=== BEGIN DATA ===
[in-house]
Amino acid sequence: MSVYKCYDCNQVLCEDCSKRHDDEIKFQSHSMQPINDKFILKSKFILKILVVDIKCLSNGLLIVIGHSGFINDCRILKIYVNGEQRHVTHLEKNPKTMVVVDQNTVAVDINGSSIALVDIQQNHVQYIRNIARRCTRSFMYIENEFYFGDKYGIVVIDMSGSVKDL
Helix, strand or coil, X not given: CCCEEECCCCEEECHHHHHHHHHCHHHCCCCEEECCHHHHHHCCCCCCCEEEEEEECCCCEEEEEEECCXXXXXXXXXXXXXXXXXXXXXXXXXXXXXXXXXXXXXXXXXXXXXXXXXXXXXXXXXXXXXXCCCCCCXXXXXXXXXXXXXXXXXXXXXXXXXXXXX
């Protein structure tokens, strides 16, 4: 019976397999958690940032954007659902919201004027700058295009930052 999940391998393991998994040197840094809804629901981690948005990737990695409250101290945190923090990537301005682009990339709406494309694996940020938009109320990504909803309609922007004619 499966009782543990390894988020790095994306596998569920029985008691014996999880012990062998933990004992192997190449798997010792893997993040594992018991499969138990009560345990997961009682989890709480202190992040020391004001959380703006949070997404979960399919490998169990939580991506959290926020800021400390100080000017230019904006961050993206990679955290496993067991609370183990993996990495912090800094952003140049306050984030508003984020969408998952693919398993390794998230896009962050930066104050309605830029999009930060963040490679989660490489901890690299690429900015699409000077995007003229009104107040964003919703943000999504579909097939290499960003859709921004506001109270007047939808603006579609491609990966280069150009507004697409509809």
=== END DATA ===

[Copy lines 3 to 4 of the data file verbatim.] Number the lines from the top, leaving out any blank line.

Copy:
Helix, strand or coil, X not given: CCCEEECCCCEEECHHHHHHHHHCHHHCCCCEEECCHHHHHHCCCCCCCEEEEEEECCCCEEEEEEECCXXXXXXXXXXXXXXXXXXXXXXXXXXXXXXXXXXXXXXXXXXXXXXXXXXXXXXXXXXXXXXCCCCCCXXXXXXXXXXXXXXXXXXXXXXXXXXXXX
């Protein structure tokens, strides 16, 4: 019976397999958690940032954007659902919201004027700058295009930052 999940391998393991998994040197840094809804629901981690948005990737990695409250101290945190923090990537301005682009990339709406494309694996940020938009109320990504909803309609922007004619 499966009782543990390894988020790095994306596998569920029985008691014996999880012990062998933990004992192997190449798997010792893997993040594992018991499969138990009560345990997961009682989890709480202190992040020391004001959380703006949070997404979960399919490998169990939580991506959290926020800021400390100080000017230019904006961050993206990679955290496993067991609370183990993996990495912090800094952003140049306050984030508003984020969408998952693919398993390794998230896009962050930066104050309605830029999009930060963040490679989660490489901890690299690429900015699409000077995007003229009104107040964003919703943000999504579909097939290499960003859709921004506001109270007047939808603006579609491609990966280069150009507004697409509809």